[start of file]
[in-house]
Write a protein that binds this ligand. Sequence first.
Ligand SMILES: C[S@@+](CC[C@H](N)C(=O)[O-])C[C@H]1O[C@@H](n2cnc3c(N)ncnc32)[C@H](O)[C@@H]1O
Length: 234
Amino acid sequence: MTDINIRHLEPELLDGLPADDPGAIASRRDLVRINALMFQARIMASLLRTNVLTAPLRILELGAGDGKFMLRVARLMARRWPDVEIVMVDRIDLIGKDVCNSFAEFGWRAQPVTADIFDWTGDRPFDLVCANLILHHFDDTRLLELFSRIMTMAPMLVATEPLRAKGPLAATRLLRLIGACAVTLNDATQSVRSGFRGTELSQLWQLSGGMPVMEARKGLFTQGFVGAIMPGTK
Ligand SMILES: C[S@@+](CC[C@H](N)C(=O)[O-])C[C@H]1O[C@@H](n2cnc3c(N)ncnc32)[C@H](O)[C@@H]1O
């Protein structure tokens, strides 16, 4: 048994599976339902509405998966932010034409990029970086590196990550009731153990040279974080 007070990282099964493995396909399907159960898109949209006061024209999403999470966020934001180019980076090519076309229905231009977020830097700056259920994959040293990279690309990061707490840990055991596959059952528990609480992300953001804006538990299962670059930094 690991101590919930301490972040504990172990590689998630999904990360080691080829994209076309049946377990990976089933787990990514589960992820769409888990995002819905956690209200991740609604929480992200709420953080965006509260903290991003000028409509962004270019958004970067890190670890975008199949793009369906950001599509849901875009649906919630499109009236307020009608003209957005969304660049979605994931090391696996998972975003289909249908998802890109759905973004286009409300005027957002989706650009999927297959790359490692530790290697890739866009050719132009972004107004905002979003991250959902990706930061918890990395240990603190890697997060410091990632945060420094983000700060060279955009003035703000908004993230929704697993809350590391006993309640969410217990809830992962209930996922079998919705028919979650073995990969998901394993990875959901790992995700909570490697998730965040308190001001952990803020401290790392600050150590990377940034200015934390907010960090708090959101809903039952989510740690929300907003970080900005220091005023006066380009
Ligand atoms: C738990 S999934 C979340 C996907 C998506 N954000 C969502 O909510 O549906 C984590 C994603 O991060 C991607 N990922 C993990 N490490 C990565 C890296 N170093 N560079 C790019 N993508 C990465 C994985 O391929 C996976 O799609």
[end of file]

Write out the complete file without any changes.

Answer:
[in-house]
Write a protein that binds this ligand. Sequence first.
Ligand SMILES: C[S@@+](CC[C@H](N)C(=O)[O-])C[C@H]1O[C@@H](n2cnc3c(N)ncnc32)[C@H](O)[C@@H]1O
Length: 234
Amino acid sequence: MTDINIRHLEPELLDGLPADDPGAIASRRDLVRINALMFQARIMASLLRTNVLTAPLRILELGAGDGKFMLRVARLMARRWPDVEIVMVDRIDLIGKDVCNSFAEFGWRAQPVTADIFDWTGDRPFDLVCANLILHHFDDTRLLELFSRIMTMAPMLVATEPLRAKGPLAATRLLRLIGACAVTLNDATQSVRSGFRGTELSQLWQLSGGMPVMEARKGLFTQGFVGAIMPGTK
Ligand SMILES: C[S@@+](CC[C@H](N)C(=O)[O-])C[C@H]1O[C@@H](n2cnc3c(N)ncnc32)[C@H](O)[C@@H]1O
């Protein structure tokens, strides 16, 4: 048994599976339902509405998966932010034409990029970086590196990550009731153990040279974080 007070990282099964493995396909399907159960898109949209006061024209999403999470966020934001180019980076090519076309229905231009977020830097700056259920994959040293990279690309990061707490840990055991596959059952528990609480992300953001804006538990299962670059930094 690991101590919930301490972040504990172990590689998630999904990360080691080829994209076309049946377990990976089933787990990514589960992820769409888990995002819905956690209200991740609604929480992200709420953080965006509260903290991003000028409509962004270019958004970067890190670890975008199949793009369906950001599509849901875009649906919630499109009236307020009608003209957005969304660049979605994931090391696996998972975003289909249908998802890109759905973004286009409300005027957002989706650009999927297959790359490692530790290697890739866009050719132009972004107004905002979003991250959902990706930061918890990395240990603190890697997060410091990632945060420094983000700060060279955009003035703000908004993230929704697993809350590391006993309640969410217990809830992962209930996922079998919705028919979650073995990969998901394993990875959901790992995700909570490697998730965040308190001001952990803020401290790392600050150590990377940034200015934390907010960090708090959101809903039952989510740690929300907003970080900005220091005023006066380009
Ligand atoms: C738990 S999934 C979340 C996907 C998506 N954000 C969502 O909510 O549906 C984590 C994603 O991060 C991607 N990922 C993990 N490490 C990565 C890296 N170093 N560079 C790019 N993508 C990465 C994985 O391929 C996976 O799609």